Fixed income investors have a handful of tools to navigate the expected bumpy road, says Terry Moore, vice president of T. Rowe Price Group Inc. and portfolio specialist in the fixed income division of the society.
In a white paper on the industry, Moore and his team recently outlined five ways for bond investors to manage forward interest rate risk.
He said the tools – structural curve positioning, selective regional and sector allocation, euro-dominated credit holding, short-term bond holding and duration management – will be especially useful towards the end of the year. year.
“We expect the road to be a bit more bumpy because central banks will start to move accommodations,” he said. “There are still lingering questions around the Delta variant and the reopening of economies. So we just want to increase the liquidity of the portfolio, to be prepared to take advantage of any minor sell-off that may arise as volatility increases. “
He suggested that structural curve positioning could involve implementing “curve slopes” like underweighting, or even shorting bonds as the economy normalizes, which will benefit the economy. the investor if long-term interest rates rise faster than short-term rates.
Regarding the distribution across regions and sectors, Moore said investors can overcome a natural bias to take advantage of opportunities.
“There are several places in the world that can offer quality and yield and that have less correlation with local Canadian interest rates,” he said. For example, there are transactions among Asian investment grade issues.
“The same goes for companies in emerging markets, which may sound risky, but on average this sector is investment grade,” he added. “The snow [a] $ 2 trillion sector, which is larger than the US high-yield sector. “
Moore said the European Central Bank would likely keep interest rates lower for longer than most of the world’s central banks, given structural issues and local demographics.
“What this means is that euro credit bonds will not face the same duration risk that North American credit may face when the Fed or the Bank of Canada start to raise rates,” he said. he declared. “So by buying credit in euros, you may not face the same headwind you might have in the United States or Canada.”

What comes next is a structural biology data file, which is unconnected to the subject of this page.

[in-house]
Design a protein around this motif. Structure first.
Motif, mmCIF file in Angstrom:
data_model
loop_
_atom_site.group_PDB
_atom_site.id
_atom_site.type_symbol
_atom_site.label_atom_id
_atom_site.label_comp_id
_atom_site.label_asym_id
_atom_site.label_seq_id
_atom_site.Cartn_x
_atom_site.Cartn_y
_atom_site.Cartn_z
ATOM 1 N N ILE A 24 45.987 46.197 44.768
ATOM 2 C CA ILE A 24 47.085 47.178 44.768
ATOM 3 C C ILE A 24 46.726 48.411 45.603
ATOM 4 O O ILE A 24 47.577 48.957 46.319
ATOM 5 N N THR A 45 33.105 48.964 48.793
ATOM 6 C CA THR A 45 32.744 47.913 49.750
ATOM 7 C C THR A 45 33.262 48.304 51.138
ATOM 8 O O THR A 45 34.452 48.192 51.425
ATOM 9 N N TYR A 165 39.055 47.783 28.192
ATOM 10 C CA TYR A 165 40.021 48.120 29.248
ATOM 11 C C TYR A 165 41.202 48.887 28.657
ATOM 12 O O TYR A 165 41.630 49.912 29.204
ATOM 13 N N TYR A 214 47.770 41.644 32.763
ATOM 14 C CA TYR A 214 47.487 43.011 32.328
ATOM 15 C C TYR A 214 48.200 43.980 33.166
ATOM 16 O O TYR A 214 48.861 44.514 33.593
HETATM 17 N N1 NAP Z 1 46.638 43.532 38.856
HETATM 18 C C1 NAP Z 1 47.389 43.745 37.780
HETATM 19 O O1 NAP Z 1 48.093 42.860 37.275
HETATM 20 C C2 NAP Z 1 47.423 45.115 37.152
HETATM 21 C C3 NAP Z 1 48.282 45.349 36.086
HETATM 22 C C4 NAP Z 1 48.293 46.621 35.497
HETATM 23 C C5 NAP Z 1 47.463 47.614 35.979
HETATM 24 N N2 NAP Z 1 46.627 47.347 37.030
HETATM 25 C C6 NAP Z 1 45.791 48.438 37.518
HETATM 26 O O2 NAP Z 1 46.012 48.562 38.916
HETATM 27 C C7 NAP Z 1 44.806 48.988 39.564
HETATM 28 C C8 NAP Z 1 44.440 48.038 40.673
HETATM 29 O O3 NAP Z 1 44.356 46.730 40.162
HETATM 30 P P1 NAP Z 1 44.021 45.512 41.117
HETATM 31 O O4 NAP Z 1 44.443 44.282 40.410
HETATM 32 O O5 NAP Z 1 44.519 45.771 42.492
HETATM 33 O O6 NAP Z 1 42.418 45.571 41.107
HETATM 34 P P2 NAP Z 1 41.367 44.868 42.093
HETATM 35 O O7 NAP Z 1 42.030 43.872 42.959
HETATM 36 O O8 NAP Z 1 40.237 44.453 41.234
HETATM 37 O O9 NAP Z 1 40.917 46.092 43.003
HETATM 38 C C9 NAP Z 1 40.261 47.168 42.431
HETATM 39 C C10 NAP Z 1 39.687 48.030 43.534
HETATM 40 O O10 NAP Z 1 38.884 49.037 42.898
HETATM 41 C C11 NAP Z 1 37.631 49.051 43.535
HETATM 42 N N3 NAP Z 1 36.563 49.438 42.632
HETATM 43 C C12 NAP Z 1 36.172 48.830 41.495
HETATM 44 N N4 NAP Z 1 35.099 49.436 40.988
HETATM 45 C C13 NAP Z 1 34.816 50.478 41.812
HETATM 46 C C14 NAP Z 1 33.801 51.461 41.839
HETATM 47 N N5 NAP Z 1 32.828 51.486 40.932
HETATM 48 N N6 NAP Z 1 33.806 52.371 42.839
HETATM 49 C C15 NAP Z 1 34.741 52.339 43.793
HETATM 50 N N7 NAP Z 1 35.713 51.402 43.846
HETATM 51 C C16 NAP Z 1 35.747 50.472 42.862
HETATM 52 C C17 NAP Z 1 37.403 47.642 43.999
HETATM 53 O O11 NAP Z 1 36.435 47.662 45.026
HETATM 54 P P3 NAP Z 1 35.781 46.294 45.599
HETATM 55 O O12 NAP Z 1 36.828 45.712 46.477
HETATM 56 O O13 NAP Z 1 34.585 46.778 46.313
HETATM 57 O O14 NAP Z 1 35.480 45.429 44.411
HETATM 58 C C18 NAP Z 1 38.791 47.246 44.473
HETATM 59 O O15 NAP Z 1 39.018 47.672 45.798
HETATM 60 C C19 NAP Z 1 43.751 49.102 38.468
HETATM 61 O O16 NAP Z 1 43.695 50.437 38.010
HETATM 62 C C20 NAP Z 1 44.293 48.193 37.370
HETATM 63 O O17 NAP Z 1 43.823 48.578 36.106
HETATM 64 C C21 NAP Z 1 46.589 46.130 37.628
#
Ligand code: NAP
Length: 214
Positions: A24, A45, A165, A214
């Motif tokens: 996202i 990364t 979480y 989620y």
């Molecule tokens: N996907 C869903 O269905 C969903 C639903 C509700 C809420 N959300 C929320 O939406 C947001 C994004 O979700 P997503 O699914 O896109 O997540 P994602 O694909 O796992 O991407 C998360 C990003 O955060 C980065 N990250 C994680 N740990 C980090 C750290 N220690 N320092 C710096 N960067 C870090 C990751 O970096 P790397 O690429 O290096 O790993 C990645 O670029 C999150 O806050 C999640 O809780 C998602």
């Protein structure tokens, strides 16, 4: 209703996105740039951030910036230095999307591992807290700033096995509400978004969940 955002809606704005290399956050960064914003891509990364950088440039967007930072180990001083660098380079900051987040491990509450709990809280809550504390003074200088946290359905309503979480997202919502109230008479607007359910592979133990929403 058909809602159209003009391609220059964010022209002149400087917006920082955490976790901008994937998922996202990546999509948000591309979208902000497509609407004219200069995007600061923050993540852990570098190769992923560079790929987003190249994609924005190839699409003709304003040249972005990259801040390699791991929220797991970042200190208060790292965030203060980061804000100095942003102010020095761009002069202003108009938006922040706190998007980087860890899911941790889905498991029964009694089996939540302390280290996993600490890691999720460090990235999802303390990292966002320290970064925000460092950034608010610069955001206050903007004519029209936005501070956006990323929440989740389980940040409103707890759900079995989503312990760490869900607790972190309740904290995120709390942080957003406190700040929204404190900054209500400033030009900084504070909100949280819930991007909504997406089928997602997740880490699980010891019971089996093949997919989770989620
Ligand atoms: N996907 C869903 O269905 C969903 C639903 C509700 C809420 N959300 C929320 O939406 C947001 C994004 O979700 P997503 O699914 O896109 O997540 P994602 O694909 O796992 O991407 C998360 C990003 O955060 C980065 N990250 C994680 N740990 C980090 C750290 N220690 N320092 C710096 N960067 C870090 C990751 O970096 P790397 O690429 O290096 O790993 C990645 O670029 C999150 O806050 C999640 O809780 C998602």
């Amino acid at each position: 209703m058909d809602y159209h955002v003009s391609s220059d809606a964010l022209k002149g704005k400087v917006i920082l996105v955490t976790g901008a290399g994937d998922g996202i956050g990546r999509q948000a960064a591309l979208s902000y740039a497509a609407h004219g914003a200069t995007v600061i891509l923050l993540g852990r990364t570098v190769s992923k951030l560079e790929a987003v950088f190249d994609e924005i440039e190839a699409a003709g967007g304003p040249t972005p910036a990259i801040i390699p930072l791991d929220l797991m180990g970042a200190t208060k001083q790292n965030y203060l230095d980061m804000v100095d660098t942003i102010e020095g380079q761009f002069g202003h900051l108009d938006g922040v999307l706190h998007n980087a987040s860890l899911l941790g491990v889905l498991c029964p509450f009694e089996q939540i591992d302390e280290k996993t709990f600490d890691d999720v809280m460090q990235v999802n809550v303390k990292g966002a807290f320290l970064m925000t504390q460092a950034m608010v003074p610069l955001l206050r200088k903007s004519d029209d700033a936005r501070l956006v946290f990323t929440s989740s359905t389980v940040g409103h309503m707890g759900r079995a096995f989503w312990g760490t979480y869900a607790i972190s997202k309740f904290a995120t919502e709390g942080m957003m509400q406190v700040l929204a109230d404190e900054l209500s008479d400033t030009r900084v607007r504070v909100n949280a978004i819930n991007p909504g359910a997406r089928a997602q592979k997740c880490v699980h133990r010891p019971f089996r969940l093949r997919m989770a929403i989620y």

The fourth tool, buying shorter duration bonds, may seem obvious, as these bonds are less exposed to interest rate risk. “However, the challenge with this is that it usually means less return,” Moore said.
The solution for institutional investors is to combine these investments with a derivative overlay or a credit default swap.
“This allows the investor to gain exposure to the credit market spread advantage, but without the interest rate risk. Now, of course, there is going to be a credit risk, but you are going to have it with any bond. But it’s a way to increase the yield on a shorter bond.
Perhaps the simplest of the five tools is to actively manage bond terms.
“It’s either through bond selection,” Moore said, “or through liquid interest rate hedges to target specific parts of the yield curve.”
Duration can sometimes have a bigger impact on returns than credit, he said, especially in times like now when credit fundamentals are strong, balance sheets are healthy for both companies. and consumers, and there is no imminent risk of recession or default. the near future.
“As bond investors, we have experienced a 40-year rally as interest rates have steadily fallen to historic lows. Now we’ve probably hit rock bottom, ”he said. ‘As we come to get Covid under control, kids are going back to school, people are going back to work [and] as economies reopen, interest rates, which are a component of growth and inflation, are likely to rise. “
Moore also suggested a dumbbell-shaped investment strategy, heavily weighting high-quality bonds like US agency mortgage-backed securities on one side, and lower quality offerings like high-grade bonds. yield and investment grade bank loans on the other hand – with a handful of medium grade products like investment grade companies among them.
“Given the wealth of valuations, in general, the liquidity of the portfolio increases [and] increasing the quality does not cost too much in terms of opportunity cost, ”he said.
This article is part of the Soundbites program, sponsored by Canada Life. The article was written without the contribution of the sponsor.